So, I walk into a bar and meet an axe thrower …
This is not the beginning of a joke. It’s a true story. I had spent the day in Oregon’s Columbia River Gorge and was having an existential conversation with an artist friend, and I decided I needed a classy glass of iced wine to top off the day. I just happened to pull up a barstool next to John — which may or may not be his real name — who proceeded to fill my head with tall tales that I came to realize were actually true. Clichés exist for a reason because, the rest, as they say, is history …
John moved to The Gorge and began to volunteer for Oregon Search and Rescue in 1993. Fast-forward a decade to the early 2000s, when John and his fellow volunteers discovered Swamp Rat Knives’ indestructible blades and delved into “blade forums,” the online subculture of people that chat about, yes, knives. John began posting photos of his own Swamp Rat Knives with Mt. Adams, Mt. St. Helens and Mt. Rainier in the background. A man from the forum contacted John and asked if he wanted to get together to throw knives. So they did.
The two men began meeting on Sundays, where the Search and Rescue volunteers would gather to train and practice their navigation and survival skills in the backcountry. Eventually, a knife-centric campout was suggested. As the story goes, the group first assembled in the forest, “with no agenda or adult supervision,” according to John, to shoot guns and throw knives, hatchets and axes. John and company joked about naming themselves, and brainstormed other groups in the animal kingdom — a flock of geese, covey of quail, pack of wolves. Someone tossed out that a group of rats was called a “mischief,” and their name was claimed. They became members of the Great Rat Mischief.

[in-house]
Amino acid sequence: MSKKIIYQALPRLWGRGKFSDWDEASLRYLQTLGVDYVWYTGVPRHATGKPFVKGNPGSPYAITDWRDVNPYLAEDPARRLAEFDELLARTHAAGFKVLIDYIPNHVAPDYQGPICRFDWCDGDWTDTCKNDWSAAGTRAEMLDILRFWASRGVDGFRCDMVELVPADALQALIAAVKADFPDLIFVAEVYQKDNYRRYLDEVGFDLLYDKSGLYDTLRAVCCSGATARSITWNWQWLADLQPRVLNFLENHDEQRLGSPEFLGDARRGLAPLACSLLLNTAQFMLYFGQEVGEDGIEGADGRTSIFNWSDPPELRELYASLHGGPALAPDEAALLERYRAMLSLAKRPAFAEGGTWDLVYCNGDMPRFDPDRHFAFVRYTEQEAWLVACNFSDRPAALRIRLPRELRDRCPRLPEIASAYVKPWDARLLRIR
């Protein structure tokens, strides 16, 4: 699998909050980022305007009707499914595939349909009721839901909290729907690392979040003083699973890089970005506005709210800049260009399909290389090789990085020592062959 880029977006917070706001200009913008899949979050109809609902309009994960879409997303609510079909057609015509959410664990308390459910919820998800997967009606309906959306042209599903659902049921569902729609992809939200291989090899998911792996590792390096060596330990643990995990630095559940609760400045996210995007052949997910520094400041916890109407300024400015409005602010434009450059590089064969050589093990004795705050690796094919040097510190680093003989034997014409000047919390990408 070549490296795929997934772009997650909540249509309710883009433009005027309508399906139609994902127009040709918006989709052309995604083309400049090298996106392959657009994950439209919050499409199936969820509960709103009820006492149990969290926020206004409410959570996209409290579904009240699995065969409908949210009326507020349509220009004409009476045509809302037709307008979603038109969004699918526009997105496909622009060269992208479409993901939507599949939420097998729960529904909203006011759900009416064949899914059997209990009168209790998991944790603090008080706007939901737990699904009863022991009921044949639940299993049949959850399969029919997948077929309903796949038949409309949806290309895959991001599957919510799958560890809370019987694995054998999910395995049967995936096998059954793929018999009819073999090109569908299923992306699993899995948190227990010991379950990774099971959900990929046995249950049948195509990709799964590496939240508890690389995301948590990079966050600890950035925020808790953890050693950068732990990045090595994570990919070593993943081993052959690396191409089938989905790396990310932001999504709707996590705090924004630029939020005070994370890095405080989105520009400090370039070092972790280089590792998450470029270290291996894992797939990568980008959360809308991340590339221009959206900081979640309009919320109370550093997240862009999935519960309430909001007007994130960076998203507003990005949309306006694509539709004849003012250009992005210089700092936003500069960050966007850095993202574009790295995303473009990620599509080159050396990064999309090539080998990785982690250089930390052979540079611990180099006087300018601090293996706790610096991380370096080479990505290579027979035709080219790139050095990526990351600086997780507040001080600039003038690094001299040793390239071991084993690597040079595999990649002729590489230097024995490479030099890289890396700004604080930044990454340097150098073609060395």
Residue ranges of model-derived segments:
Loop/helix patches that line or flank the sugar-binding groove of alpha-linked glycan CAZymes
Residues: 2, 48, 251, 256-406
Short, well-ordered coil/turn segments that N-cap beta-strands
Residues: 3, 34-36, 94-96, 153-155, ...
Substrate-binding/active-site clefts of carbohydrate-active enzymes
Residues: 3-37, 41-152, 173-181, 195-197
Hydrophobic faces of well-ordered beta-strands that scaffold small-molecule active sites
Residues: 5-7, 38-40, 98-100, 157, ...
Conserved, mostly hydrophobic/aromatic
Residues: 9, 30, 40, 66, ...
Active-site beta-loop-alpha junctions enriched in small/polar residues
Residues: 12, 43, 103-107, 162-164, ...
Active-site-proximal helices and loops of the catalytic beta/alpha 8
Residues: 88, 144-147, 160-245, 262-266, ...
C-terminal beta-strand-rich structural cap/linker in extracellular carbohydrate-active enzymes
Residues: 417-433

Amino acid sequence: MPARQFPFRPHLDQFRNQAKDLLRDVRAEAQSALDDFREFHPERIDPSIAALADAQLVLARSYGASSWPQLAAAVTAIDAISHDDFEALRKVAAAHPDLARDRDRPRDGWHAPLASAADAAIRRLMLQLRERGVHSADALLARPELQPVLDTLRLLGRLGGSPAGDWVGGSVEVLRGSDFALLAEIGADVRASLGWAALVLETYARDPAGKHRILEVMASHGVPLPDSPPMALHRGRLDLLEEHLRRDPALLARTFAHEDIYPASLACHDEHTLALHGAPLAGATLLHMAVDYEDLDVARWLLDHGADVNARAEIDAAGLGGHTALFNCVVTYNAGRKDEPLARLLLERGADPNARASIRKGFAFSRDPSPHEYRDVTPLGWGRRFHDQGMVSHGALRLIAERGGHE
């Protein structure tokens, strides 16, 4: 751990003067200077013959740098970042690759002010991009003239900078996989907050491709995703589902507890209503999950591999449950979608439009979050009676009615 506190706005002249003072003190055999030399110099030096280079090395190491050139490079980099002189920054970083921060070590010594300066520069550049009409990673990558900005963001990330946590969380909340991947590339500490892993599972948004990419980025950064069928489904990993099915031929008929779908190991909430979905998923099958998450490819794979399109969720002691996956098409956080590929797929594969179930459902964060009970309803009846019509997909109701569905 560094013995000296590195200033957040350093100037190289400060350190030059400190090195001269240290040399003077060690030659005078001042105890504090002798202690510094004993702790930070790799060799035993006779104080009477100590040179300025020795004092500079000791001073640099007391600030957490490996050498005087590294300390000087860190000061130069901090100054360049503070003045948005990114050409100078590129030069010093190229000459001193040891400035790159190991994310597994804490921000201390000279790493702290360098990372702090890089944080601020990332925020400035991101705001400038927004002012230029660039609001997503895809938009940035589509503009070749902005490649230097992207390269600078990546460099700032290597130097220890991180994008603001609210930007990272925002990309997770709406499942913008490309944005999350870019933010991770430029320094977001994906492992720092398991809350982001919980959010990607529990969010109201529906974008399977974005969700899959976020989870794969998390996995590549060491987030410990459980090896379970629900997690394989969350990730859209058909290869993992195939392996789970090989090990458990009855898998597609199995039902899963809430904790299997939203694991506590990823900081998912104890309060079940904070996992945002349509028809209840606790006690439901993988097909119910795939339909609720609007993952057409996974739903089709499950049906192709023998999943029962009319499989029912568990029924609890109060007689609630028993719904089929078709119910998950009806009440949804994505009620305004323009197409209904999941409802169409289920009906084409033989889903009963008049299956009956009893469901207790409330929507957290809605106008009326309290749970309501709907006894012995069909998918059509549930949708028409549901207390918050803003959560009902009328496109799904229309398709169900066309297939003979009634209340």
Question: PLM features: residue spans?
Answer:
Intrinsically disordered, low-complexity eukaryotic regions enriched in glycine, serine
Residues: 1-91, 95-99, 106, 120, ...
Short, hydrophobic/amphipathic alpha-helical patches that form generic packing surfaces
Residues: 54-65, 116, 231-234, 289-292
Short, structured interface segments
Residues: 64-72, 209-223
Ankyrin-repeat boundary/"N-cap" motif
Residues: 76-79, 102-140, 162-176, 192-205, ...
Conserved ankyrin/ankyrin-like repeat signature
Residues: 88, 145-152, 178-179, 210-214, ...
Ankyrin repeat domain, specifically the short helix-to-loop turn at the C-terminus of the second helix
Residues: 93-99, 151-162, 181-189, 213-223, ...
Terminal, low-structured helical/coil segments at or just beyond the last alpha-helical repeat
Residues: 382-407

Now, that same group meets every Sunday around noon on John’s 14-acre property. Expansive views of the breathtaking Columbia River are the backdrop for an afternoon of mischief that includes beer drinking, whiskey sipping, all kinds of smoking, and, of course, axe throwing. I don’t know how I landed on that bar stool next to John, the axe-throwing, Search and Rescue conductor of souls, but man, I’m glad I did.
27 years old. Lifelong Gorge resident. Works four days a week doing noxious weed control for the county. Works three days a week for a lodge teaching axe throwing. Only accepted the job at the lodge after they agreed to let him cut the sleeves off his shirt. Spends seven days a week swimming in Blue Hole on the Wind River with his dog, Ganon. Bought his Mom a pellet gun for Christmas. Exudes confidence and coolness and, best of all, he’s single!
27 years old. Lifelong Gorge Resident. Brings his daughter Reagan to axe throwing on Sundays with the guys; rumor among the group is she’s never going to be allowed to date, ever. Splits his time between working for a circuit board company, caring for his precious one-year-old baby girl, and loving his hardworking baby momma, Alanna, who manages a restaurant in The Gorge.
Ageless. Spends his time discovering long-lost spirits and inviting them to his property to throw axes and absorb his sage advice. Enjoys sitting at Osprey Point and feeling grateful for his life. Walks barefoot everywhere and has an unimaginable (and unending) supply of fantastical stories to tell that are all somehow true. Says he’s honored to be in the midst of the humans that find their way to him every Sunday.